Amy
 

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Hugs to you. I know how it is; my ds had cavities since he was 1 y/o and has caps on almost all upper teeth. He had dental surgery at 18 mo, but fortunately they were able to save all his teeth.<br>
What I learned from this experience was that it doesn't matter how much sugary snacks or drinks one has, but for <i>how long</i> one's teeth are exposed to food. Ds didn't like sweets, he wouldn't touch juice but used to chew on a piece of food for hours sometimes.<br>
As soon as he had the surgery we started eating most meals at the table, reduced the snacks and started brushing every evening. It's been 2 years since then and we had no more problems (we saw the dentist 3 times).<br>
I was devastated when ds had surgery and kept blaming myself. But he's ok now and we learned how to take care of his teeth. I'm sure your dd will be fine too.<br>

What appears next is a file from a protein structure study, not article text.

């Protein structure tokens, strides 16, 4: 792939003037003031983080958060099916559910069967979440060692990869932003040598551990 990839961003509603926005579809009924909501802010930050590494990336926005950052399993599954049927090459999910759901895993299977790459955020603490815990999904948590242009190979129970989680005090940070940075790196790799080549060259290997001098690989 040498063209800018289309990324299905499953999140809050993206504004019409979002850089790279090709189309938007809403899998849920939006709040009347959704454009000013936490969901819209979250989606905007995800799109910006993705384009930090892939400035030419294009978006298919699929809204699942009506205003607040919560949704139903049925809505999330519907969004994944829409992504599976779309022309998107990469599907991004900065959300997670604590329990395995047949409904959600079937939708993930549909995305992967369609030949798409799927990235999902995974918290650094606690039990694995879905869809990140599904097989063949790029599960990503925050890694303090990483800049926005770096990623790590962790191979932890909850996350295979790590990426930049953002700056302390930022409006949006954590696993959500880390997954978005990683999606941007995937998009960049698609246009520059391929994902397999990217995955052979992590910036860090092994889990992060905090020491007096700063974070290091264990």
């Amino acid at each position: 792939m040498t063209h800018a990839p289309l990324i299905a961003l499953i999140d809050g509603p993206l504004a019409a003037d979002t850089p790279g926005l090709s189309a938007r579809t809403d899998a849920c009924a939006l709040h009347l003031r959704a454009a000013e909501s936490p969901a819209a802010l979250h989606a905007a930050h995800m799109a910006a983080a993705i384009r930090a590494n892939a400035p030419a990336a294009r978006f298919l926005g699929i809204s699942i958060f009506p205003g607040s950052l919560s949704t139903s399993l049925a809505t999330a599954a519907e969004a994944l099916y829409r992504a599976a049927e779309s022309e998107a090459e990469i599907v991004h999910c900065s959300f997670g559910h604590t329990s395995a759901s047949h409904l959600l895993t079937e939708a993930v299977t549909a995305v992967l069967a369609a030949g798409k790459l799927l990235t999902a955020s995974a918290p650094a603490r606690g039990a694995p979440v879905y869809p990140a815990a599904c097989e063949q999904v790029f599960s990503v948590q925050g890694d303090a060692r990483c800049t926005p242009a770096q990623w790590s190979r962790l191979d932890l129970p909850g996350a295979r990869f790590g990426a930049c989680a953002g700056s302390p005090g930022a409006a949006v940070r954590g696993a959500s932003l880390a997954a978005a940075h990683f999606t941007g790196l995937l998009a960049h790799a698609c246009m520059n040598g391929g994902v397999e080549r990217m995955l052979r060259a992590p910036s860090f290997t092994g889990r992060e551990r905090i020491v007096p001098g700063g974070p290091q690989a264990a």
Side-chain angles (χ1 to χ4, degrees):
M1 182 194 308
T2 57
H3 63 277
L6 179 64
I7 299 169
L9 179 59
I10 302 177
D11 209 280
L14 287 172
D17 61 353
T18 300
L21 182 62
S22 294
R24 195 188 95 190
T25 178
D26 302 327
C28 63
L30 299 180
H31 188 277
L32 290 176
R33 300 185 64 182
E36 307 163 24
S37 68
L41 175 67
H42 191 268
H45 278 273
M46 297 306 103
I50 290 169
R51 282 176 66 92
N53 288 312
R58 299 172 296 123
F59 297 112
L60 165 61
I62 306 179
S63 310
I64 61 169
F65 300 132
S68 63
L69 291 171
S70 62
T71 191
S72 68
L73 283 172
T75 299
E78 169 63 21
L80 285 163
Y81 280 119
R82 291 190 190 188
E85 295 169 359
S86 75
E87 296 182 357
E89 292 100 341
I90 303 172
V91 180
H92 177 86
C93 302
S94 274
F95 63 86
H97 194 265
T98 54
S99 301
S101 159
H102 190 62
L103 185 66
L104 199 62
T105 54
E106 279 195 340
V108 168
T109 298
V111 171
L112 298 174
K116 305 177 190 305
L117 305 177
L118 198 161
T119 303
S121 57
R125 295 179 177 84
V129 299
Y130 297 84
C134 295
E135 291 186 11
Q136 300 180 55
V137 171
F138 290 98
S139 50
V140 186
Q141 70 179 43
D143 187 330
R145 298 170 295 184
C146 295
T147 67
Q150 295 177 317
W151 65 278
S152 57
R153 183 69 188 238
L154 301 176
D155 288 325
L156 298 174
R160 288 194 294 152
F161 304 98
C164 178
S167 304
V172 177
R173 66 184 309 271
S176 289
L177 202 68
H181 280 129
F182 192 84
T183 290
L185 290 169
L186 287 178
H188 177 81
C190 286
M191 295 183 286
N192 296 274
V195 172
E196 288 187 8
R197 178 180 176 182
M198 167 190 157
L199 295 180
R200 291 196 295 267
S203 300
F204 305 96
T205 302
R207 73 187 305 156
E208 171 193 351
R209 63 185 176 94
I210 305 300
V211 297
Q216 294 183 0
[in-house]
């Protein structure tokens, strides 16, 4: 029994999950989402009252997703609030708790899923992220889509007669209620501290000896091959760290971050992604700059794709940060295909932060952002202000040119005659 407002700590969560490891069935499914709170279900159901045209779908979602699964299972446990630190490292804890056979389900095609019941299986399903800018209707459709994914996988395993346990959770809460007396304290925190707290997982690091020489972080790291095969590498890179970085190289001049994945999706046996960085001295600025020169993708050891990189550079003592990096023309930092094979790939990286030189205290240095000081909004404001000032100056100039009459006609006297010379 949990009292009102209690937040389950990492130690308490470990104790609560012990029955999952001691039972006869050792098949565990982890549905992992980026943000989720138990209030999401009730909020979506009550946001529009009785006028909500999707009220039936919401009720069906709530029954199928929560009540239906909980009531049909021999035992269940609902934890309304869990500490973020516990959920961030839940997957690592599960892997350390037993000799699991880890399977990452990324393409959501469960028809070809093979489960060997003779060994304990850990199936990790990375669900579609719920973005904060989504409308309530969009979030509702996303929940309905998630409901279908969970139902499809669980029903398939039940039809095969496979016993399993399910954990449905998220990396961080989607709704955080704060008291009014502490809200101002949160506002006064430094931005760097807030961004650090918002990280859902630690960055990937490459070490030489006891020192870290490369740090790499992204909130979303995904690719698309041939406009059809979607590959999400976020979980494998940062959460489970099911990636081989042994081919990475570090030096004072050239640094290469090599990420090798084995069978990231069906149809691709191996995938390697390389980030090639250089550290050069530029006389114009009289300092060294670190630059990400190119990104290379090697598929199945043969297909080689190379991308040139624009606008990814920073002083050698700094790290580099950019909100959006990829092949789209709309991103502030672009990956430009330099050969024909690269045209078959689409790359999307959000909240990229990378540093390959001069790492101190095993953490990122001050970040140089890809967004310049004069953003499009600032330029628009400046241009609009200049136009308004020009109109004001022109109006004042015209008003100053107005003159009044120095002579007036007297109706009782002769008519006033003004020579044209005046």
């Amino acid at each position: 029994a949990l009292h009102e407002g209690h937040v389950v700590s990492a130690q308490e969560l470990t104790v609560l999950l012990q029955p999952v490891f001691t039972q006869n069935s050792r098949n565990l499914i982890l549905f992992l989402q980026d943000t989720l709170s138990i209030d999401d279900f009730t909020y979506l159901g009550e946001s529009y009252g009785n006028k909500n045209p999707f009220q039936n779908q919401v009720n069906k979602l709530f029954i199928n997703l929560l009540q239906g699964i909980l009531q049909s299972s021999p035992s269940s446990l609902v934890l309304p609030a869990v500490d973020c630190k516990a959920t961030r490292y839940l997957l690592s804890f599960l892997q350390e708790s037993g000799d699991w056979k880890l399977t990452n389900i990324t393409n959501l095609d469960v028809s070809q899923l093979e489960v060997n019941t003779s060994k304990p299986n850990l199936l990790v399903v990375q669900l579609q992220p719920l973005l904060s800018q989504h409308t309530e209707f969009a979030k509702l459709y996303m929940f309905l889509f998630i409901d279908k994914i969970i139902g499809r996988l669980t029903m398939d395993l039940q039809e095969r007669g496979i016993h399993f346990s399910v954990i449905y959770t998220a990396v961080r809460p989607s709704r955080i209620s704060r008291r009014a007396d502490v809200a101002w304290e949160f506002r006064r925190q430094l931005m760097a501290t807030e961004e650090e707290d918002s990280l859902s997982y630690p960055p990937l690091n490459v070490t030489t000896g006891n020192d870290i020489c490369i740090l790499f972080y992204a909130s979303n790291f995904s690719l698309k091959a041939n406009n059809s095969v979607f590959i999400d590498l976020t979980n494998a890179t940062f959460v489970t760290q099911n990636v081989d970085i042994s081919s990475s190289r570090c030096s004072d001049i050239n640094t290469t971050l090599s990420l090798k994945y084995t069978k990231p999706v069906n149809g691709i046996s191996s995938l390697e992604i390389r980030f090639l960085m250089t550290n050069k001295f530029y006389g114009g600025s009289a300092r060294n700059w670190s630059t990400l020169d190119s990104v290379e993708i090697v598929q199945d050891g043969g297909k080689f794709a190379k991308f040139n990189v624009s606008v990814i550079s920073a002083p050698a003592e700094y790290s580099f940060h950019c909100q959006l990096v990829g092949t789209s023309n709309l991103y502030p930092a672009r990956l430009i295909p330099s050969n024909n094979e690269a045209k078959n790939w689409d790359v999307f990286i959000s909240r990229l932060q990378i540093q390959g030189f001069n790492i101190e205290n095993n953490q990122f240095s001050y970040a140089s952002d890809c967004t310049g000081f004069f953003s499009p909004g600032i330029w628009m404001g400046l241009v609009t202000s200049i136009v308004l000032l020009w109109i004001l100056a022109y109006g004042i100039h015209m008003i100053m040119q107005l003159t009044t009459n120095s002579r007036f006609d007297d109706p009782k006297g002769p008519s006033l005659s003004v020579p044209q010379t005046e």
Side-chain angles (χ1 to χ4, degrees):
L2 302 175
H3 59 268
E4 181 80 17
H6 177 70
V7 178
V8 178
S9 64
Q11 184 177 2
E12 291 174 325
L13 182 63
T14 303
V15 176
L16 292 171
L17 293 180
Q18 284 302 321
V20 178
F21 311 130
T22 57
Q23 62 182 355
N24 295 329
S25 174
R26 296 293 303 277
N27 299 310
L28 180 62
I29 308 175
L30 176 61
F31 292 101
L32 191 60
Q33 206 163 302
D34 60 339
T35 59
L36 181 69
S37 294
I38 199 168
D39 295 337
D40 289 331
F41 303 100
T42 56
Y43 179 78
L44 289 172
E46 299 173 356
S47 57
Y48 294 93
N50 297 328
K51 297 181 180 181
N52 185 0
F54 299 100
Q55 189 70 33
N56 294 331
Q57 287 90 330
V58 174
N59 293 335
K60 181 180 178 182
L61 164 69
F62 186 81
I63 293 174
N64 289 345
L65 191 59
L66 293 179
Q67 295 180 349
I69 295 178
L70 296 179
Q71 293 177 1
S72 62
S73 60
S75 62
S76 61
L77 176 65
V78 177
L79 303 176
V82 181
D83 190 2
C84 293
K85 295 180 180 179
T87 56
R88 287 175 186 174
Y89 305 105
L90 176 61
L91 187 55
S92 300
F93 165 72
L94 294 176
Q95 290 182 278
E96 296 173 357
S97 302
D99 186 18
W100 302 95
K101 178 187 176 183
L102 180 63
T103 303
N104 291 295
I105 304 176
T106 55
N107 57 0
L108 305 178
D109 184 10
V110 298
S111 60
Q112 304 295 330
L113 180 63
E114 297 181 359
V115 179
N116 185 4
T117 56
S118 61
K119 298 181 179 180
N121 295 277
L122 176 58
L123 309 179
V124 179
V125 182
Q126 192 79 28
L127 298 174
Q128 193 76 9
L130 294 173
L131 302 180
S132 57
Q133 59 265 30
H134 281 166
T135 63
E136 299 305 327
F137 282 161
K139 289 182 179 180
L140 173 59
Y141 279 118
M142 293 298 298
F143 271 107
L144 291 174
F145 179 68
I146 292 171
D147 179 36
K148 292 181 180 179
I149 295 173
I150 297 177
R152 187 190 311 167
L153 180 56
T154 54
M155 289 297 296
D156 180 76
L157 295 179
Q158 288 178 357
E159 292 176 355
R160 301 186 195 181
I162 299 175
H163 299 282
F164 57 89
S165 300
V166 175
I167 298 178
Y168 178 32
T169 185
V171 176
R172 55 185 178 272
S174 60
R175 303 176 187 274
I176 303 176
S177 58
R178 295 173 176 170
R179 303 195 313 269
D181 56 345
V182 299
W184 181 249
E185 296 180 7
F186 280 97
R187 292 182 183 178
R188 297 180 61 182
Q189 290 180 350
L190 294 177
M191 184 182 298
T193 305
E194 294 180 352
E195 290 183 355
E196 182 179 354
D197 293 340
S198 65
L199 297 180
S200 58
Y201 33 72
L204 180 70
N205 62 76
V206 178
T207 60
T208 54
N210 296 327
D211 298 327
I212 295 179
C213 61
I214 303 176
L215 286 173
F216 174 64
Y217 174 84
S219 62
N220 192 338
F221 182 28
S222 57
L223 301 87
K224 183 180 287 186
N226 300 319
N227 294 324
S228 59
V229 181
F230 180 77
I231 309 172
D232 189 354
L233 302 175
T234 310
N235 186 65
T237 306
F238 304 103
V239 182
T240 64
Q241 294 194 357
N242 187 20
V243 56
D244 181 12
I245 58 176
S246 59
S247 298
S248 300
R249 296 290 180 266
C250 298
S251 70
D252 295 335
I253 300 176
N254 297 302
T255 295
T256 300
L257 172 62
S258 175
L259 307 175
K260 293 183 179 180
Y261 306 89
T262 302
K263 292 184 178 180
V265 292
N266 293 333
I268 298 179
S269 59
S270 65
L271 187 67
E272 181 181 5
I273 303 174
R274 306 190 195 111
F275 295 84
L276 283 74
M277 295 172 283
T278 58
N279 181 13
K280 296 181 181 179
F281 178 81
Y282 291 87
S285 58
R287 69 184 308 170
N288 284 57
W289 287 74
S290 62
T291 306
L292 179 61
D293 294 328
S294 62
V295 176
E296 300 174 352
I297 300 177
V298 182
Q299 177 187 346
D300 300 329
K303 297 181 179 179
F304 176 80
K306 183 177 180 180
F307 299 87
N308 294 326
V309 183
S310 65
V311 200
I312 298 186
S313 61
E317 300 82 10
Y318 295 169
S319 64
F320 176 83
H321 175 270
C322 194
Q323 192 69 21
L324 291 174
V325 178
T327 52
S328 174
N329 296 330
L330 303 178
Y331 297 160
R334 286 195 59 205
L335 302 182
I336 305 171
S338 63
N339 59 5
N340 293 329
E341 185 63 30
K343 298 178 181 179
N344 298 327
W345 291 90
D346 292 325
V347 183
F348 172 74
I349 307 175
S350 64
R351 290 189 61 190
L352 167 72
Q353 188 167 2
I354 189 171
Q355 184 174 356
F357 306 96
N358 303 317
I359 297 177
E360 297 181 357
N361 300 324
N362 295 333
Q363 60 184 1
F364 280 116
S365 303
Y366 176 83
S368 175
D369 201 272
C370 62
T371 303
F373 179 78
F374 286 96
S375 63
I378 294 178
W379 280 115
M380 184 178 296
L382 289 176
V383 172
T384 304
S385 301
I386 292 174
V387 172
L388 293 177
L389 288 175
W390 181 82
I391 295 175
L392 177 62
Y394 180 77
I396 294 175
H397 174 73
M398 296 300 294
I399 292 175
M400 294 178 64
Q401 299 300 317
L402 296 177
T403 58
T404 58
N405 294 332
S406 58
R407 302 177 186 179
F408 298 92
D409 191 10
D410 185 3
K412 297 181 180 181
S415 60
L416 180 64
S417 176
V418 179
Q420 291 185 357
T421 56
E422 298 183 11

Take care.
 

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Moved from Parenting to Dental <img alt="" class="inlineimg" src="http://www.mothering.com/discussions/images/smilies/smile.gif" style="border:0px solid;" title="smile">
 

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Discussion Starter · #6 ·
Thank for the hugs and support.<br><br>
This is a really hard one for me. We are blessed with very healthy children. I don't want to be ungrateful. I know there are people out there with much worse things. Its just that this was possibly preventable. I swear we not eating sugar foods and drinks on a daily basis. I just don't know. <img alt="" class="inlineimg" src="http://www.mothering.com/discussions/images/smilies/greensad.gif" style="border:0px solid;" title="greensad">
 

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What about fruit? Applesauce?<br><br><img alt="" class="inlineimg" src="http://www.mothering.com/discussions/images/smilies/hug.gif" style="border:0px solid;" title="hug">
 

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<div>Originally Posted by <strong>AAK</strong> <a href="/community/forum/post/12378956"><img alt="View Post" class="inlineimg" src="/community/img/forum/go_quote.gif" style="border:0px solid;"></a></div>